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Geraldo Rivera frequently clashes with his Fox News colleagues on air, occasionally calls out a president supported by the network’s opinion hosts and founder and frustrates hard-right viewers who don’t like his progressive positions on issues like immigration. But, that doesn’t mean he’s in jeopardy. Quite the contrary, actually.
“I feel very confident that I can say whatever I have to say about any topic that exists, whether it hurts the president or helps the president,” he said in an interview with The Hollywood Reporter. “I just know that I appreciate the freedom to say what I have to say.”
Sparks fly frequently during Rivera’s regular appearances on morning show Fox & Friends, mid-day show The Five and evening show Hannity.
Whenever Rivera hits Fox News, it makes headlines. Most recently, on Aug. 23, he tussled with news anchor Martha MacCallum when he said their network is using the murder of an Iowa college student, Mollie Tibbetts, as a cudgel to demonize undocumented immigrants. “We at this network are putting that spin on this story,” he said during the segment. “This is a murder story. This is not an immigration story.”
Earlier this month, he told the right-leaning cast of Fox & Friends that people in this country want a new border wall “because we’re scared that the demographic makeup of the country is changing.”
Back in June, he got into a shouting match with Sean Hannity, his good friend, over the child-parent separations necessitated by the Trump’s administration’s zero-tolerance policies on immigration. “History will judge us, Sean,” he said. “History will judge us. We must take a stand on something. Here is where we draw the line.” (“Hannity’s one of my best friends, and we don’t agree that today’s Thursday,” Rivera says now.)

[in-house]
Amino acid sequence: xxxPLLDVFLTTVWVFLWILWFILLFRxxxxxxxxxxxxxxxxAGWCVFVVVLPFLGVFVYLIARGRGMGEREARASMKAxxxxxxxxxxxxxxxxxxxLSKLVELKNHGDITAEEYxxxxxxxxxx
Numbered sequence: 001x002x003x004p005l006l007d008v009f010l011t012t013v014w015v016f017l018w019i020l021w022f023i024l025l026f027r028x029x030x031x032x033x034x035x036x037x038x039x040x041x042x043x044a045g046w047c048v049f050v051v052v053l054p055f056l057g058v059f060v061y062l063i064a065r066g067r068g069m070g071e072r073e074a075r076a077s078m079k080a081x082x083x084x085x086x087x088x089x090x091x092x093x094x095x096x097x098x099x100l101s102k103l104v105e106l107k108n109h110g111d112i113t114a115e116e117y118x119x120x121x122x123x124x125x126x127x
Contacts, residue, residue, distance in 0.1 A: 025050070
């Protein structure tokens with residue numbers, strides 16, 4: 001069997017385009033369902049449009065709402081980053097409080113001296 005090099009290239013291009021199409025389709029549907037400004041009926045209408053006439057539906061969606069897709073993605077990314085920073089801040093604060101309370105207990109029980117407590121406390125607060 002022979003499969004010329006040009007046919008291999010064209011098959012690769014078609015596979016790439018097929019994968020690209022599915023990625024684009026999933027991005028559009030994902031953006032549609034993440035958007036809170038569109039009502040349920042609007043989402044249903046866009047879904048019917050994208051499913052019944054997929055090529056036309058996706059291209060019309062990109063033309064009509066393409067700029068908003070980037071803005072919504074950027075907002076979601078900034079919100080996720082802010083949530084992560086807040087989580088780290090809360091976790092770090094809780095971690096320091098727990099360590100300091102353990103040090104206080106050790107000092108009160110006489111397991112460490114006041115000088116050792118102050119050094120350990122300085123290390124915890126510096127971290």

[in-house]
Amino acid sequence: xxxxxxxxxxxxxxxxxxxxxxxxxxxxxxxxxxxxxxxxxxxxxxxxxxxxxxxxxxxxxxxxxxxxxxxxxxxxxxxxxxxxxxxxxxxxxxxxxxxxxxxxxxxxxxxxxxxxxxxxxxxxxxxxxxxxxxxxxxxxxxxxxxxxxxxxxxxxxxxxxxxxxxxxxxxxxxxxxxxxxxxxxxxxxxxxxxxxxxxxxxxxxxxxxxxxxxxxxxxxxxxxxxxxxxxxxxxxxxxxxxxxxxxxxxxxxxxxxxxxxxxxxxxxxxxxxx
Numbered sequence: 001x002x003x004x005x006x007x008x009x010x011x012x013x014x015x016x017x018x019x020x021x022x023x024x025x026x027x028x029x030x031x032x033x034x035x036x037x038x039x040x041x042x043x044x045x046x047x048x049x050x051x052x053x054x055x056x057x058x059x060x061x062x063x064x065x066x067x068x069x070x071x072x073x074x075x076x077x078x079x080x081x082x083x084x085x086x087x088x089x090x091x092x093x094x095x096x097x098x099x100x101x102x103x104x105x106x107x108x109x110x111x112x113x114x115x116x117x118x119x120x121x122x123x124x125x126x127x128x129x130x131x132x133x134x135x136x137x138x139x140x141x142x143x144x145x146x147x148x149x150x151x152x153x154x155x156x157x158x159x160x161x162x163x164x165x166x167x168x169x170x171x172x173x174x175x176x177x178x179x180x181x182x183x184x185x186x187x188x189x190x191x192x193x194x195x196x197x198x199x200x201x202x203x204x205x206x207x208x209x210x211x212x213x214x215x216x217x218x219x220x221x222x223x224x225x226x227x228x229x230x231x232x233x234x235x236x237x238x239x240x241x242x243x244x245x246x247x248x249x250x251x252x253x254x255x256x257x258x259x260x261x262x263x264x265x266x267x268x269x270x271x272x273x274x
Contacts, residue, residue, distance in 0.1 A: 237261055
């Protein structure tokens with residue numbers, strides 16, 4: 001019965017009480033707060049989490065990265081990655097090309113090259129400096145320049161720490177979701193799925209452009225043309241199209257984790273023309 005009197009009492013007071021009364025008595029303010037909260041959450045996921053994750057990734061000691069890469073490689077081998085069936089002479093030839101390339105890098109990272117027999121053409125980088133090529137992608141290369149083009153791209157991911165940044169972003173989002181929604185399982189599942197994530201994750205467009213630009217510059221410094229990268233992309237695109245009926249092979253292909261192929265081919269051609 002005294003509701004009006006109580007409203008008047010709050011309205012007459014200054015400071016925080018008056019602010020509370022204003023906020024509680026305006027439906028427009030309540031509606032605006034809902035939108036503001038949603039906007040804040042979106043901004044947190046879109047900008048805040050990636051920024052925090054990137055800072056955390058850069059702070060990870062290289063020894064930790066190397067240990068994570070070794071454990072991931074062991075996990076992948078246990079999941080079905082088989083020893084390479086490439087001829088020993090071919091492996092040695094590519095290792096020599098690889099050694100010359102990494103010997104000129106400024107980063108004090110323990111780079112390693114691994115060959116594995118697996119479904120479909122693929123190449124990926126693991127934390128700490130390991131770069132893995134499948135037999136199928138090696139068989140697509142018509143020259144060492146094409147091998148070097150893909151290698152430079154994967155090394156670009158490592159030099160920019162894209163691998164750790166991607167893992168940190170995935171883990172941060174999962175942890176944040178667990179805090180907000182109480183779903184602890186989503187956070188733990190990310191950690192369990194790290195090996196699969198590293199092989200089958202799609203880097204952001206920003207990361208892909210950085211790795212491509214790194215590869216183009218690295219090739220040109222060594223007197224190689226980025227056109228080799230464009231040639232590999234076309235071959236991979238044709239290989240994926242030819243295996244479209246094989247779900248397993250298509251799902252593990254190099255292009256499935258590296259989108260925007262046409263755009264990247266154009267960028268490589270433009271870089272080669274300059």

While guests espousing liberal views on immigration are often shouted down during debates with opinion hosts like Tucker Carlson and Laura Ingraham, Rivera is not. “I think I get the benefit of the doubt, even though I think it’s fair to say that … many of the people in the building disagree with me,” he said.
Rivera said he’s “very respected” at Fox, a “deference” he’s earned by virtue of his age and time served at the network, which he joined back in 2001. He has two and a half more years on his contract, he said, and is “delighted” to be where he is.
That exalted status at the network makes him a strong spokesman for immigrants, according to people who advocate for them professionally.
“The interesting thing about Geraldo is that he’s developed this credibility within the Fox News world,” said Ali Noorani, the executive director of the National Immigration Forum. “It’s hard for them to just write him off because they have long-standing personal relationships with him.”
Univision anchor Jorge Ramos, who, like Noorani, appears occasionally on Fox News to spar with opinion hosts like Carlson about immigration, said that Rivera provides a service to both the immigrant community and the network’s audience.
“There is no question that all immigrants, both legal and undocumented, are less likely to be criminals than U.S. citizens and are a boom to the economy,” Ramos said in an email. “But, you wouldn’t know that if you are a longtime viewer of Fox. That’s why it’s important to have Geraldo there.”
“There are few other consistently dissenting voices on Fox when it comes to immigration,” Noorani said.
Rivera’s occasional ideological divergence also benefits Fox News, providing cover from detractors who say the network is a right-wing monolith. “The fact that they have me on … belies the notion that Fox News is propaganda,” he told the cast of The View in a March interview to promote his memoir, The Geraldo Show.